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(RED) Shows The World How To Score With SMO

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The world in which we live and I work is one that is changing at light speed. We are living Moore's Law; the founder of Intel theorized that computer power doubles approximately every eighteen months. A generation ago, the power that was being doubled was significantly less than that which is being doubled now. Famously, a new car has more computer power than an Apollo landing module. The iPad is really the Ipod doubled, and then some.

So now, everyone's attention is turning to not just building Social Networks but also to optimizing. Increasingly, our company is helping groups with what we are calling Social Media Optimization, or SMO -- how do you get the most out of the networks you have spent so much time building?

Our clients have Facebook groups ranging from 1,000 fans (I still call them fans, likers just doesn't make any sense) to over 500,000 fans. Regardless of the size, the core issue is how you communicate with these fans to keep them engaged, keep them active and empower them to help you in your mission -- no matter what that mission is. But before we get to the SMO part, let's take a step back and look at two basic rules we often see that groups and organizations are not following.

The first rule is that while it is your page, it is not your community. We always recommend that clients default their Facebook pages to "Your Name + Others" for some pretty simple reasons. It's not much of a message to send to your followers that your news goes front and center and everyone sees it, but if they want to take the time and effort to put something up, well, that has to be hidden. Yes, this does mean more monitoring of your page, but think about it, don't you want to do anything possible to encourage your fans to engage with you and other fans? There are more things like this to consider but this is really the first and most important. Make your fans' ideas as important as your ideas.

The second rule is what you post. And here it is important to remember two things. First, you can post a lot of content on your Facebook page as long as it is good, relevant content. The key is that it be relevant not to you, but to your fans. They, not your internal needs, are your audience and your primary consideration. You, ultimately, are going to ask for something from them, sign a letter, give a donation, volunteer, something, so in turn, you need to provide them with interesting and important content to keep them engaged. Sure, your organization's blog posts matter, and you want everyone to see but really if your group is, say, a group on birds, and your fans are all birders, the issue is to help keep them up to date on what is happening in the bird world. Some of that will be your content, some might not, but the important thing is to provide the content they want to see.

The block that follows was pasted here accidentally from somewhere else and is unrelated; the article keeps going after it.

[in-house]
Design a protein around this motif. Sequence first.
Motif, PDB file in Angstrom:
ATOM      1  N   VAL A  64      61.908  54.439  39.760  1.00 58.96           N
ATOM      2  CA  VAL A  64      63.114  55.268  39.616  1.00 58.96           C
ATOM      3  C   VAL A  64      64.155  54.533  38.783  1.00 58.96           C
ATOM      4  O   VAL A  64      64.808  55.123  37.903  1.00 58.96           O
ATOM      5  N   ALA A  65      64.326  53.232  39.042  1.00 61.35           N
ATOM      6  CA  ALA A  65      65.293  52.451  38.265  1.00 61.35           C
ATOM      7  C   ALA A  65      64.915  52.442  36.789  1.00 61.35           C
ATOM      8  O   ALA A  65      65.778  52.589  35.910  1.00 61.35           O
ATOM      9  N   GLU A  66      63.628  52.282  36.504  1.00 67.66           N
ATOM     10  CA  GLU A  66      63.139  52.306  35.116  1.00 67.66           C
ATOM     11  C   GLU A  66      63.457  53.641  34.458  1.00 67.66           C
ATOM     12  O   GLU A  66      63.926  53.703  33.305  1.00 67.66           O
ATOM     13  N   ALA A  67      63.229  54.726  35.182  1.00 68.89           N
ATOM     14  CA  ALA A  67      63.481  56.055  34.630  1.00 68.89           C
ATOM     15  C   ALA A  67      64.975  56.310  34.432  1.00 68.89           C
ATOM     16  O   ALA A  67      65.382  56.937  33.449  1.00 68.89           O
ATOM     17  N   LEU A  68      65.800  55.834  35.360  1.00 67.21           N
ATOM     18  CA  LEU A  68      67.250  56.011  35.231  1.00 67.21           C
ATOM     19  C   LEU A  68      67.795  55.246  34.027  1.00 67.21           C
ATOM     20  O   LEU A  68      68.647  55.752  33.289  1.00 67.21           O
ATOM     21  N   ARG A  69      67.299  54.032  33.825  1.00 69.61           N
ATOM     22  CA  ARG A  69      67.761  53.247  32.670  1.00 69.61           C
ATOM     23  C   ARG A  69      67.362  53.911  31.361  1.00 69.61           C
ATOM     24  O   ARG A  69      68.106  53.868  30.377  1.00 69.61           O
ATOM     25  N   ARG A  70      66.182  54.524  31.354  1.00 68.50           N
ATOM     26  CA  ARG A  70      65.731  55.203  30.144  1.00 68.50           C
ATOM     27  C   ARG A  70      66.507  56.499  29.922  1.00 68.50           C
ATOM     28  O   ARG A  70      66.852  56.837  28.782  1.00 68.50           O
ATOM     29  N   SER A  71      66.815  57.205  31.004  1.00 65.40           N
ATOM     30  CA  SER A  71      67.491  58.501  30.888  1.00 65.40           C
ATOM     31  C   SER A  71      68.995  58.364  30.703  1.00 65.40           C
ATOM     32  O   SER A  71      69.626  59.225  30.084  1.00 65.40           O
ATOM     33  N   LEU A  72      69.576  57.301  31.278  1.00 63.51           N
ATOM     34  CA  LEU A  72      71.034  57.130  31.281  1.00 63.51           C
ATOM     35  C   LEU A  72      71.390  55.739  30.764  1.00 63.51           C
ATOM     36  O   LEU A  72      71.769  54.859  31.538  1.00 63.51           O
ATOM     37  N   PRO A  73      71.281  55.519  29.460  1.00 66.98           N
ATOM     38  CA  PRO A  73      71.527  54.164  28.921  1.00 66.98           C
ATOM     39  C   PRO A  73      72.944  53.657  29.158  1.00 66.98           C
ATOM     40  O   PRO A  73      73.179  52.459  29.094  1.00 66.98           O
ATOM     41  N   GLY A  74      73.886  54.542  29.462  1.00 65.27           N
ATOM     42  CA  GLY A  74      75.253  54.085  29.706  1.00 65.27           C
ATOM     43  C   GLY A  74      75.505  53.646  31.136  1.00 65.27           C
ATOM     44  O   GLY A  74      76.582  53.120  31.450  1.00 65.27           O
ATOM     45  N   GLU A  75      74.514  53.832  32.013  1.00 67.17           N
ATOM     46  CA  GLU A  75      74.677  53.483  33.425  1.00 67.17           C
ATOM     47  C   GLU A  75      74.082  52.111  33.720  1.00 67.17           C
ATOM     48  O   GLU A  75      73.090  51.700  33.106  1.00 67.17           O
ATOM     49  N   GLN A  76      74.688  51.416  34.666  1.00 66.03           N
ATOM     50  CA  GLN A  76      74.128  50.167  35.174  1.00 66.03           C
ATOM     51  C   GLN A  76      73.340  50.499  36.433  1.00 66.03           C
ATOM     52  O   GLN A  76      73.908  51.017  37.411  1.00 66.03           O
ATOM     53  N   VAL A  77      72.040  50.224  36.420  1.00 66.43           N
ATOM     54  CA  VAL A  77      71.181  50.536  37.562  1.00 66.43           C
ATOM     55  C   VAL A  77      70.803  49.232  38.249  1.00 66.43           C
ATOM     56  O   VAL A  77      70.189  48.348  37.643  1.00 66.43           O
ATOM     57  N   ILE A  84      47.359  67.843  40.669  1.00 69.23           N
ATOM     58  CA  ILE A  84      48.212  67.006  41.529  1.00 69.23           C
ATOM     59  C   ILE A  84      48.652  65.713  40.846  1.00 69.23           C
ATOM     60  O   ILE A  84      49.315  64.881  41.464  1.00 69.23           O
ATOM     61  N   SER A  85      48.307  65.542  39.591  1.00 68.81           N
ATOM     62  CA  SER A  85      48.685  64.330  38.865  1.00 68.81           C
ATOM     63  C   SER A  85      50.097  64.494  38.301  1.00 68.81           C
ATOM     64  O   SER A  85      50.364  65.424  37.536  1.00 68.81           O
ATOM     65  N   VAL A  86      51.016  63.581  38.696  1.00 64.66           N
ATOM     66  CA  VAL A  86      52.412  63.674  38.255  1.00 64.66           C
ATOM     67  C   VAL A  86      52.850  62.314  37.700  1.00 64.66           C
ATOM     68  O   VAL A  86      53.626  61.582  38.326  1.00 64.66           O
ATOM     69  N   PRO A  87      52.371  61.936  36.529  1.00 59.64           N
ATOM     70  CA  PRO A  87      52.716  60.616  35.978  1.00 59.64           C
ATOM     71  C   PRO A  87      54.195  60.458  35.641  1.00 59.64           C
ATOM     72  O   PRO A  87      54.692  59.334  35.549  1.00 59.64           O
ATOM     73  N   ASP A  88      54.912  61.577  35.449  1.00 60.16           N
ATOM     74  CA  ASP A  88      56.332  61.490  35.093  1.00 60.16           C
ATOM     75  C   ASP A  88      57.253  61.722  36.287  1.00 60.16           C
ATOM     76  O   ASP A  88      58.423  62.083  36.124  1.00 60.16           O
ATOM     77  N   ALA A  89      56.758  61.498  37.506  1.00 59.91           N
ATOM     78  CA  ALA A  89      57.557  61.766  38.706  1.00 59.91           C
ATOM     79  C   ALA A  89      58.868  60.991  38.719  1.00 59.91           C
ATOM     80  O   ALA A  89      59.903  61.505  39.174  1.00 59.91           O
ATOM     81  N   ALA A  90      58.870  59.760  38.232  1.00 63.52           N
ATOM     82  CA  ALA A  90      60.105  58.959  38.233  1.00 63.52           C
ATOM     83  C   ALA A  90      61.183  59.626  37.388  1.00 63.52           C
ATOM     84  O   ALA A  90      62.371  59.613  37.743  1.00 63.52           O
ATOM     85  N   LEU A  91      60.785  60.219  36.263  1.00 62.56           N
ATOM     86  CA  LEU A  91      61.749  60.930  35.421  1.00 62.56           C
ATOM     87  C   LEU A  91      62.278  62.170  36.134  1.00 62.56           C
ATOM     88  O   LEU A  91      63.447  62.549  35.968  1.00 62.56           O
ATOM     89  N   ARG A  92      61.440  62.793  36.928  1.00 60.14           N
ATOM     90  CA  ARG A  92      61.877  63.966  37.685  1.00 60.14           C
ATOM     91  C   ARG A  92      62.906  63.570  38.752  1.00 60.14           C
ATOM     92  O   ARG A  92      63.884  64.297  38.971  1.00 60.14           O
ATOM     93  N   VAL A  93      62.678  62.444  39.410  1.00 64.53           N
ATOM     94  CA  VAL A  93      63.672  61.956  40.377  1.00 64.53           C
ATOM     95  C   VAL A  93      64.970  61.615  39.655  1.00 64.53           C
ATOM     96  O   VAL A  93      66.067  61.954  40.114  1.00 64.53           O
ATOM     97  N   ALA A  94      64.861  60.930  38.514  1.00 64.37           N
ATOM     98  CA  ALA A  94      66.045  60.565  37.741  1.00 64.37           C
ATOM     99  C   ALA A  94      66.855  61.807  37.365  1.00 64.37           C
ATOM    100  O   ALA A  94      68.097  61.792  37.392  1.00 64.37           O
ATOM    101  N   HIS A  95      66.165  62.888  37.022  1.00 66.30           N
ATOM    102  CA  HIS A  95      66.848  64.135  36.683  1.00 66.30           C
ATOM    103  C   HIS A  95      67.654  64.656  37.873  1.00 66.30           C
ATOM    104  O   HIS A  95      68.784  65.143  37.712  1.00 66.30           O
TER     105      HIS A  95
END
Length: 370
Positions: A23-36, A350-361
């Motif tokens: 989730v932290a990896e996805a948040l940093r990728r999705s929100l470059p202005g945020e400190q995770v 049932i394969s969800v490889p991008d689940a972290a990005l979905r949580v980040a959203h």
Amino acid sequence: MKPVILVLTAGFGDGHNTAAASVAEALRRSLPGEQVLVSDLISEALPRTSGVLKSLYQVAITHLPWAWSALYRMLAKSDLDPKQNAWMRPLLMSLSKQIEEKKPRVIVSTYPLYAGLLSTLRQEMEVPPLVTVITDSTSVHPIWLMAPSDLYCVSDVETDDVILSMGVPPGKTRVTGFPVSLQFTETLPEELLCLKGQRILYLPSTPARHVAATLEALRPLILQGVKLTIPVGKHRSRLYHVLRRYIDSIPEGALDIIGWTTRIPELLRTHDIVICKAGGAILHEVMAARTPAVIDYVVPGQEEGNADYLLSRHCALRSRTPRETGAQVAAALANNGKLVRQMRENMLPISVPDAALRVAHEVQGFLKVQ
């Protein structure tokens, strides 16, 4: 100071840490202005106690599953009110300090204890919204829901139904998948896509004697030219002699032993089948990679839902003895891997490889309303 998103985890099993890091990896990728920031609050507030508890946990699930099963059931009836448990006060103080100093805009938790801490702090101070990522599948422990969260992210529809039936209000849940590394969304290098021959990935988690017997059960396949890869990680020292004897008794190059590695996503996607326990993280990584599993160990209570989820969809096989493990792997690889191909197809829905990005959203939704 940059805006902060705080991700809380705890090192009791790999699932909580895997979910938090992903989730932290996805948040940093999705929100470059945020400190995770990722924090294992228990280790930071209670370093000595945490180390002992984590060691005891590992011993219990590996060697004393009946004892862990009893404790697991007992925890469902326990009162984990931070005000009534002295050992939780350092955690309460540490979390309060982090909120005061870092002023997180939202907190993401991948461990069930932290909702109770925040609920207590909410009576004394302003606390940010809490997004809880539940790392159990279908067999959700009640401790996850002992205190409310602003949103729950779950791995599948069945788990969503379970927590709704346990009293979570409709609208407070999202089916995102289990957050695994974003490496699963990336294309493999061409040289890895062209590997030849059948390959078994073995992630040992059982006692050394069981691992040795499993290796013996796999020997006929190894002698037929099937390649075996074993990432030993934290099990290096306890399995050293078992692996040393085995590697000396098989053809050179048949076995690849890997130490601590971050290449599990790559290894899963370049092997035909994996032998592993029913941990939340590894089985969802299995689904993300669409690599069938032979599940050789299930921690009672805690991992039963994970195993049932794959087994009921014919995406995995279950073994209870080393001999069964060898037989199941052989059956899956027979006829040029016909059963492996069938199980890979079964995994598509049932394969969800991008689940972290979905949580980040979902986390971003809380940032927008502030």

If you're following these two rules and if your group is of reasonable size, then the time comes when you can activate the group more aggressively.

We saw a great example of this last week with our client (RED) who partnered with Yahoo! on the first day of the World Cup. Yahoo's online game, Penalty Shootout, went (RED) for the day and for every goal scored, up to 100,000 goals, Yahoo donated $1 to The Global Fund, (RED)'s on the ground partner in Africa in the effort to save the lives of those living with AIDS.

I wrote a blog post about it
here and that post was used as the reminder piece of content within (RED)'s formidable social networks. It was tweeted to over one million followers, Facebooked to another 500,000 plus folks and then it (along with other efforts like a dedicated email and support from partners I hastened to add) took off within those networks, and by noon last Friday, the $100,000 goal had been met. Or should I say goals had been met?

Here you can see how it moved through the Twitterverse.

2010-06-15-Screenshot20100615at5.23.41AM.png

The point is that (RED) has spent significant time, energy and effort obsessively building those networks. They then created a great moment with a major partner, Yahoo!.

We created a single piece of content that could then be sent through those networks. And because (RED) has always treated those networks well, and grown them smartly, and engaged with them, the people within the networks returned the favor.

And $100,000 is going to help save lives in Africa. Score.

Cody Damon, Social Media Director at Common Sense NMS, has some more thoughts on this same event here.

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